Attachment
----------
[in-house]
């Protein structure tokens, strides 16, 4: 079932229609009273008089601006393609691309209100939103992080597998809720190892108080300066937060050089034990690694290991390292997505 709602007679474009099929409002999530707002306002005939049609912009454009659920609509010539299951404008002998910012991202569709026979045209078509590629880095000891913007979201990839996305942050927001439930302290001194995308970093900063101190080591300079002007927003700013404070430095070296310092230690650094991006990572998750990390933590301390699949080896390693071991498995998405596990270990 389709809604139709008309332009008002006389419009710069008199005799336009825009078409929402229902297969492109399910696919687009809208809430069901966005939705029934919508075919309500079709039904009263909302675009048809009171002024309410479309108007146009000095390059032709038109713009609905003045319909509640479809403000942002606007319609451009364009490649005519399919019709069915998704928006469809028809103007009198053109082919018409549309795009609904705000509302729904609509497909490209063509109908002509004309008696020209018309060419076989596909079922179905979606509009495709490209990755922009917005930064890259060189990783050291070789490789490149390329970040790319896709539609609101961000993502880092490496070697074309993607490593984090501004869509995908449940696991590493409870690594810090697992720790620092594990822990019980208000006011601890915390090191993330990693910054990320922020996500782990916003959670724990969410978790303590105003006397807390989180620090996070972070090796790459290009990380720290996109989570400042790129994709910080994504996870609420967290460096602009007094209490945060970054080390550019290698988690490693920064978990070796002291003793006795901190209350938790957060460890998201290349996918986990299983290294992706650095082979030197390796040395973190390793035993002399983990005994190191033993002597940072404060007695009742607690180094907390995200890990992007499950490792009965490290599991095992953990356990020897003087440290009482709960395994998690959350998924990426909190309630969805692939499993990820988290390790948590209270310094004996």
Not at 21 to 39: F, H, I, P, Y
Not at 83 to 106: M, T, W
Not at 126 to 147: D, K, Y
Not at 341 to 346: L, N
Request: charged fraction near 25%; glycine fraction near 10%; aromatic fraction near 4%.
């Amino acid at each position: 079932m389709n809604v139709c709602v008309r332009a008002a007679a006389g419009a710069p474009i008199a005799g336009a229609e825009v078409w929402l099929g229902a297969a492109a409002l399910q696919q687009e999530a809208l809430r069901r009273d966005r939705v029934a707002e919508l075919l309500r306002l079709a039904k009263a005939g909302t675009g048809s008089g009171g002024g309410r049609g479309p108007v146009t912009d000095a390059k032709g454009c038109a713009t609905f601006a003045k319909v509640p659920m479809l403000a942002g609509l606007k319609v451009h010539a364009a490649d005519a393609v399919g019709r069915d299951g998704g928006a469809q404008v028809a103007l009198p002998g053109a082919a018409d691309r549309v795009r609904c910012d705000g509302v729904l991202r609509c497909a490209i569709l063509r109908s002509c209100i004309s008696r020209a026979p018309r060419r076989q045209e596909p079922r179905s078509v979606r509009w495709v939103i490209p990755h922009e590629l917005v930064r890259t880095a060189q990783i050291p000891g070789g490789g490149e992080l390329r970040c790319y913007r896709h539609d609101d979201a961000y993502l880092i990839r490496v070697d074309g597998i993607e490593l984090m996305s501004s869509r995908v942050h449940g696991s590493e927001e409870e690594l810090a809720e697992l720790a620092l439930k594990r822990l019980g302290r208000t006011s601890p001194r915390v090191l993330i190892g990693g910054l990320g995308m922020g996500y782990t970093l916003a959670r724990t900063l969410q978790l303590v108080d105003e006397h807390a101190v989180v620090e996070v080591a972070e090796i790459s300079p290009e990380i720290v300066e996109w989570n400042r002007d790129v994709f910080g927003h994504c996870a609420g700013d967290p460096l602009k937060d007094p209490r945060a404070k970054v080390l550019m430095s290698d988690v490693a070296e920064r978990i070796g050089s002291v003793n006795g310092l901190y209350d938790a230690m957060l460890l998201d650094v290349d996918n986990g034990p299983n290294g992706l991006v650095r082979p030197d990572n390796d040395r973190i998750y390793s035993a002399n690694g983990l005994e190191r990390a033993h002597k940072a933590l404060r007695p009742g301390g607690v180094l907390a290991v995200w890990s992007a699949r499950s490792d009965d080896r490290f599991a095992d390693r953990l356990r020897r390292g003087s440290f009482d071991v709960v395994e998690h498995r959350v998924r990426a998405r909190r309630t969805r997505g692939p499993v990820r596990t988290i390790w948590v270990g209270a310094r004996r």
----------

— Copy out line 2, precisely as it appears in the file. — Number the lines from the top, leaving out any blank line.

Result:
């Protein structure tokens, strides 16, 4: 079932229609009273008089601006393609691309209100939103992080597998809720190892108080300066937060050089034990690694290991390292997505 709602007679474009099929409002999530707002306002005939049609912009454009659920609509010539299951404008002998910012991202569709026979045209078509590629880095000891913007979201990839996305942050927001439930302290001194995308970093900063101190080591300079002007927003700013404070430095070296310092230690650094991006990572998750990390933590301390699949080896390693071991498995998405596990270990 389709809604139709008309332009008002006389419009710069008199005799336009825009078409929402229902297969492109399910696919687009809208809430069901966005939705029934919508075919309500079709039904009263909302675009048809009171002024309410479309108007146009000095390059032709038109713009609905003045319909509640479809403000942002606007319609451009364009490649005519399919019709069915998704928006469809028809103007009198053109082919018409549309795009609904705000509302729904609509497909490209063509109908002509004309008696020209018309060419076989596909079922179905979606509009495709490209990755922009917005930064890259060189990783050291070789490789490149390329970040790319896709539609609101961000993502880092490496070697074309993607490593984090501004869509995908449940696991590493409870690594810090697992720790620092594990822990019980208000006011601890915390090191993330990693910054990320922020996500782990916003959670724990969410978790303590105003006397807390989180620090996070972070090796790459290009990380720290996109989570400042790129994709910080994504996870609420967290460096602009007094209490945060970054080390550019290698988690490693920064978990070796002291003793006795901190209350938790957060460890998201290349996918986990299983290294992706650095082979030197390796040395973190390793035993002399983990005994190191033993002597940072404060007695009742607690180094907390995200890990992007499950490792009965490290599991095992953990356990020897003087440290009482709960395994998690959350998924990426909190309630969805692939499993990820988290390790948590209270310094004996």